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Posts Tagged ‘French Friends’

So, I really am a student of la belle France. For this semester, I have dutifully paid my fees, bought my carte d’etudiant and filled out all the requisite visa forms in triplicate — exactly like they asked me to do, even if when presented with said forms, the consul office in Atlanta seemed not to care about my hours of work.

That means, of course, that I am un vrai etudiant français — and as such, thus subject to all the perks and benefits, including FREE ADMISSION at the vast majority of the vast collection of vast museums here in Paris.

I had kind of suspected this — the websites for some of the bigger museums kind of indicate if you try hard enough, even as a foreign exchange student you get the same thing — but I wasn’t sure until I went to the Musée D’Orsay with Jean-Baptiste, a French friend.

But, as you might well know, two of the things I love most in this world include things which are free and things which are French. Et, voila, I am there. So, to start, today was a pretty good day.

I ran early in the cold — I wasn’t going to get up and do it, as the rain on my skylight over my shower/plant nursery/bathroom/general living space indicated the ugly weather outside — but I’m really glad I did. It felt really refreshing and made me wake up. Runs do that sometime.

I then made the not so long trek — do I really need a metro pass? (YES) — down to Sciences Po to purchase my course pack — with enough money today! HOORAY! — and then spent the rest of the day there, reading in various buildings and pretending to be studious until the time to meet Jean-Baptiste arrived. Classes start Monday, by the way. They do. I’m sure of it.

Then it was off to the Musée d’Orsay, for a lovely afternoon of impressionism, art nouveau and other such wonderful things. It was a lot of fun to walk around the museum with a French friend, speaking in French and talking about art. When I spend time with the French gang I’ve randomly assembled, my French improves a lot, but it still hard to fully express myself. It’s a process, I know, but I really love to talk — you are reading my blog, after all, so you know this — and not being able to fully use all the right words is incredibly frustrating.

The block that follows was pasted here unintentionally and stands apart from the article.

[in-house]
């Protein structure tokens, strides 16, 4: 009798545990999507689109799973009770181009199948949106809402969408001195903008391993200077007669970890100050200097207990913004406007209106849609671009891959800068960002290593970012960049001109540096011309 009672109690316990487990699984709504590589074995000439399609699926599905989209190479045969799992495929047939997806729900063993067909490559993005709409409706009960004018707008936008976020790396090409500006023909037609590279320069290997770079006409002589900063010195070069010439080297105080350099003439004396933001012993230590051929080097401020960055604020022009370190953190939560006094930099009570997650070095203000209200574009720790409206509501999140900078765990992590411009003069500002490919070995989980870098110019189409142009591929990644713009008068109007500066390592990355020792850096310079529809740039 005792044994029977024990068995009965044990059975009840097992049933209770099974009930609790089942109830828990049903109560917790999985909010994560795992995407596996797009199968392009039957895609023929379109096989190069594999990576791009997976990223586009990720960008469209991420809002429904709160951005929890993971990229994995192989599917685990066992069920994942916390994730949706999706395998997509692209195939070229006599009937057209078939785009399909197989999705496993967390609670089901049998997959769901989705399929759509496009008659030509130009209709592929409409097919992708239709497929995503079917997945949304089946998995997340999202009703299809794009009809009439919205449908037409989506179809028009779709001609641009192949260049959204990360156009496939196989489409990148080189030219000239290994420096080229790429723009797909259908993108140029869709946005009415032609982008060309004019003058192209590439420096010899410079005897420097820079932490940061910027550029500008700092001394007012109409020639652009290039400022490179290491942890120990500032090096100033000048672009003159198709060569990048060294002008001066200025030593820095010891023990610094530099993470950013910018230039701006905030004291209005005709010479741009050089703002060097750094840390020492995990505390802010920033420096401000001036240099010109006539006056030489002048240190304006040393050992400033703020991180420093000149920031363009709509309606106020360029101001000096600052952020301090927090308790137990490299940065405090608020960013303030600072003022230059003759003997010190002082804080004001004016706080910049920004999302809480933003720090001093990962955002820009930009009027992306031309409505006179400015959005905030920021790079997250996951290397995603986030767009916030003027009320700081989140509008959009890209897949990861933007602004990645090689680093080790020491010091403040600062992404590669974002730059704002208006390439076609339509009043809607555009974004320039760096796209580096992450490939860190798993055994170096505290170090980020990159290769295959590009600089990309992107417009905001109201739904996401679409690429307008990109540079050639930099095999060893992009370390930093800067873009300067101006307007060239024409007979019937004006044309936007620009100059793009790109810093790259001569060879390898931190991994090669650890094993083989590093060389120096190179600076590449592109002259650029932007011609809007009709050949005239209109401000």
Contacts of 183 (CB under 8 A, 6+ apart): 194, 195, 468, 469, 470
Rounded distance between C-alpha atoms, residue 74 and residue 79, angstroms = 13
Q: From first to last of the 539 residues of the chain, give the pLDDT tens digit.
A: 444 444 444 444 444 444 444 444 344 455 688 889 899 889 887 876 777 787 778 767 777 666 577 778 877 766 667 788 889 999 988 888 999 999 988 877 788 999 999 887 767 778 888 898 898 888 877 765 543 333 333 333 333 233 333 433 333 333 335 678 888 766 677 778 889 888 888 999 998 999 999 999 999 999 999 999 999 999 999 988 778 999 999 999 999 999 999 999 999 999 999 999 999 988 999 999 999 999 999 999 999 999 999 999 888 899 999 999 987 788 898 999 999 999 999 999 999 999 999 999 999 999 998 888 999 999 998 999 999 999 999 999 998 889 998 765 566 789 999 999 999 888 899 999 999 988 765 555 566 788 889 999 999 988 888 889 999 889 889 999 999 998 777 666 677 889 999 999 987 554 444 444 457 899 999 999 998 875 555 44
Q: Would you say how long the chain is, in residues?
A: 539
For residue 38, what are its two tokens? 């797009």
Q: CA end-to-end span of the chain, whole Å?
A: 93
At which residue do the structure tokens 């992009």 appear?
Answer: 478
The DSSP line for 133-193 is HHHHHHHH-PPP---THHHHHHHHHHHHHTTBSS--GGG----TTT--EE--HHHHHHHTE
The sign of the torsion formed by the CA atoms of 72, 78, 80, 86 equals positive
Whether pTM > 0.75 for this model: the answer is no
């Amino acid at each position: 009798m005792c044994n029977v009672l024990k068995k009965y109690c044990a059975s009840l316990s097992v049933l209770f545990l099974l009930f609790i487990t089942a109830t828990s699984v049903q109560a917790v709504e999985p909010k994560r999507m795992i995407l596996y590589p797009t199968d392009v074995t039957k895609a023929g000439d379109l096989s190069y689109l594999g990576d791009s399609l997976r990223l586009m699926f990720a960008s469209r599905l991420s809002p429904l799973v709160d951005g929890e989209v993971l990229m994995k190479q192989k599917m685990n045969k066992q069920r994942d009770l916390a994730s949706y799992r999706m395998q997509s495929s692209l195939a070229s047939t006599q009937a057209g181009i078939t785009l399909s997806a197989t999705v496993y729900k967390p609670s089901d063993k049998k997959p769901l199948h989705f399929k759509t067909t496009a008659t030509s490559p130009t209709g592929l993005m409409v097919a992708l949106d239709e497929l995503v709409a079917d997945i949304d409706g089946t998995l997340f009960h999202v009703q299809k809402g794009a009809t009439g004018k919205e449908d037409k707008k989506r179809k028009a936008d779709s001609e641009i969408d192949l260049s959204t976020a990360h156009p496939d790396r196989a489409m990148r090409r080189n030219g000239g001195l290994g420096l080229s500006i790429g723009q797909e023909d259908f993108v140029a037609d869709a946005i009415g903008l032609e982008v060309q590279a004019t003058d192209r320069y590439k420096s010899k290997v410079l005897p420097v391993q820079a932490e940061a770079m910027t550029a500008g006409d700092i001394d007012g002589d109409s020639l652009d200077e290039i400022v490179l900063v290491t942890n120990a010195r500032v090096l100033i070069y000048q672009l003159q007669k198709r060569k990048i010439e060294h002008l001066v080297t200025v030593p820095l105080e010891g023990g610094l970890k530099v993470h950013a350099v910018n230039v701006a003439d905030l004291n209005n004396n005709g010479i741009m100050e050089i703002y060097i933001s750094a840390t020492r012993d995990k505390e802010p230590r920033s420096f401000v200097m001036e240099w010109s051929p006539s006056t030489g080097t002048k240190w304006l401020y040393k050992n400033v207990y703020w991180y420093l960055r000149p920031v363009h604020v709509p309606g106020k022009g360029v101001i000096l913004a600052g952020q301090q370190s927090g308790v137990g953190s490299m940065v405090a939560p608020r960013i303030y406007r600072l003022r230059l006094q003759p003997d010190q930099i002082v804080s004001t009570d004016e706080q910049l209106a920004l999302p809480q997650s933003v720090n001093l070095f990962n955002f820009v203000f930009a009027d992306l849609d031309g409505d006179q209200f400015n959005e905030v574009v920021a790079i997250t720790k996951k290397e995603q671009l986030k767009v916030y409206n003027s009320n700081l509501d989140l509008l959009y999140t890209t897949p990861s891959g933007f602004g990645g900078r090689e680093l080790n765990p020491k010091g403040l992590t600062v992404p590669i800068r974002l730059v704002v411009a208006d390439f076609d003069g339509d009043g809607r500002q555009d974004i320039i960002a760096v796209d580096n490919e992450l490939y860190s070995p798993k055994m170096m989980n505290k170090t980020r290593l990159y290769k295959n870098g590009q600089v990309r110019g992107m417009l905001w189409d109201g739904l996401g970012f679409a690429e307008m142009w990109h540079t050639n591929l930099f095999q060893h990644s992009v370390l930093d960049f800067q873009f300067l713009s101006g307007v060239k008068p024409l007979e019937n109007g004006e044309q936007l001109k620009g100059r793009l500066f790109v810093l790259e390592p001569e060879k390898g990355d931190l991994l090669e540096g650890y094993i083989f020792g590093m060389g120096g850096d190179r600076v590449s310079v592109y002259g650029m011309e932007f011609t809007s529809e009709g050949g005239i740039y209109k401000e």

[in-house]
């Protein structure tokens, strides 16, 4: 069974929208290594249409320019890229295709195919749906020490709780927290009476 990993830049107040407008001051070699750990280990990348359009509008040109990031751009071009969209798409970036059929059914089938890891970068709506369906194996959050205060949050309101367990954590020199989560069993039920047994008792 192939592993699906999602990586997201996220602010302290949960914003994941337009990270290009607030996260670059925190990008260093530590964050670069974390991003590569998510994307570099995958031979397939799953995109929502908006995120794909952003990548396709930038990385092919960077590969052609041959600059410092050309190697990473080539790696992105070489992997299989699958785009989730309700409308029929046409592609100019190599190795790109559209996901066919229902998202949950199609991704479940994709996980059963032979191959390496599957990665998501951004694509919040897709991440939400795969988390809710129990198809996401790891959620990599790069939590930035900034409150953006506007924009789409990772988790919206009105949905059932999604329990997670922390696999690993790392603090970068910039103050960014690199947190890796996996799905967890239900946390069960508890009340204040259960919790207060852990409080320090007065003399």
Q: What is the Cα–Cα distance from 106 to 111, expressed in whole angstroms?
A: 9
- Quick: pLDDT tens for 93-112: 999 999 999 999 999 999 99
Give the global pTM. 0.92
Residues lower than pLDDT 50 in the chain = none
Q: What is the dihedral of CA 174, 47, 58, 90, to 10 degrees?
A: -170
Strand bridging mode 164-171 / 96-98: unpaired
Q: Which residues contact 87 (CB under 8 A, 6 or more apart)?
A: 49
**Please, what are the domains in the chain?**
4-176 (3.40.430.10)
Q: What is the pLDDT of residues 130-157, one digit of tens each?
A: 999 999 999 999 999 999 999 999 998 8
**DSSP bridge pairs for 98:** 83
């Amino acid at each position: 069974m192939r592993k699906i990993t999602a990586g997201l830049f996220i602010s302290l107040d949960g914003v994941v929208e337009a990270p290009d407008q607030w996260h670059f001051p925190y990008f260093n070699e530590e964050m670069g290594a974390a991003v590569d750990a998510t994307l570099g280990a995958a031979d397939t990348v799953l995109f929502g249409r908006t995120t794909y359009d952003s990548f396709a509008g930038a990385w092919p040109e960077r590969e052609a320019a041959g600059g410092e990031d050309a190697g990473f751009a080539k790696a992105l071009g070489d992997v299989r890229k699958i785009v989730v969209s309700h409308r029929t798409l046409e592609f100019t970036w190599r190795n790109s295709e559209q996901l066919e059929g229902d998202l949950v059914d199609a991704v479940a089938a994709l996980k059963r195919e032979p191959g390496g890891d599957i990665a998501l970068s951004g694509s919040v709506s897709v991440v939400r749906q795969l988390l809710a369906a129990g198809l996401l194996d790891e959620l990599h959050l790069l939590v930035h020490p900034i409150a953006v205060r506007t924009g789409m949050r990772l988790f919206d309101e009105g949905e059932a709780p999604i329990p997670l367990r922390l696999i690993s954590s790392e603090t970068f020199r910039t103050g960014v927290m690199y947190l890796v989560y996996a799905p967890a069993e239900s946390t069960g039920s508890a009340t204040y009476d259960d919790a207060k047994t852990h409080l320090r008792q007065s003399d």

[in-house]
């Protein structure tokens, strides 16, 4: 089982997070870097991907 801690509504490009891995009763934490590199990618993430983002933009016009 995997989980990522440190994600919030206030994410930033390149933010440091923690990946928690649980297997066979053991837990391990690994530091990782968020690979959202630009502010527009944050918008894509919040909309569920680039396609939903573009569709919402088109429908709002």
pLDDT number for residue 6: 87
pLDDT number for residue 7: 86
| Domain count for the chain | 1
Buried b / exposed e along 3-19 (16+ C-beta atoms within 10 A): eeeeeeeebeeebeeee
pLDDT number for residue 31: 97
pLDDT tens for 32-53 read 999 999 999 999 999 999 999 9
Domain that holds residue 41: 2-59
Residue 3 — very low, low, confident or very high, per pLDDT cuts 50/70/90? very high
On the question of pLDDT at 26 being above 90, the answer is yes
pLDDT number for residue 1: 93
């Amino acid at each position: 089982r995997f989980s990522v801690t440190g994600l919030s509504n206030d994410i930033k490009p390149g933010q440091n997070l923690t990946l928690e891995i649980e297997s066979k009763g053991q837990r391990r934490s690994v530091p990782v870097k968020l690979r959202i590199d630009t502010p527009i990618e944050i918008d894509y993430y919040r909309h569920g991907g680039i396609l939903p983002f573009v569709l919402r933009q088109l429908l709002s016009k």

Additionally, I tried to explain a complicated argument presented in a recent article in “The Believer” that concerned the democratization of art museums and the ensuing commodification of high culture into easily digested, smaller culture pieces. This was not a good idea, and not easily explained in a foreign language in which I am not yet completely fluent. At times, we all make poor choices.

We got coffee, talked a little more, and then I left for home to meet Victoria, my American friend from high school, for dinner and a movie.

We have agreed to only speak French with each other, which is a fun time for all, including the passersby. Tonight, a man at a grocery store looked at us very strangely. We know we aren’t French. We know our accent is not great. But we are trying. And that’s enough.

We made some yummy omelettes — I need to start cooking other things soon, I think — and then walked down to a big movie house nearby to catch “La Princesse et la Grenouille” — “The Princess and the Frog”, which I’ve already seen in America, but Victoria has not — thinking it would be doubled in French. I’ve seen the bandes annonces — trailers — and they are clearly in French.

Unfortunately, we must have found the wrong theatre, because was the same sassy and sweet movie I saw at the venerable Milford Cinema One Screen in Milford, Michigan last month with my parents, only with silly French subtitles below. Really. Victoria and I laughed at some of the malapropisms displayed there more than we did at actually intended humor in the movie.

We decided the next movie or cultural outing we take will be a truly French one.

But it was a truly lovely day, and tomorrow I have more to read and run and a French party to go to — NOT in the suburbs, thanks be to the Metro — and more fun things to do. Life is improving, peu en peu.

And I’m slowly starting to love Paris.

But don’t tell Paris. I think it’s seeing other people right now.

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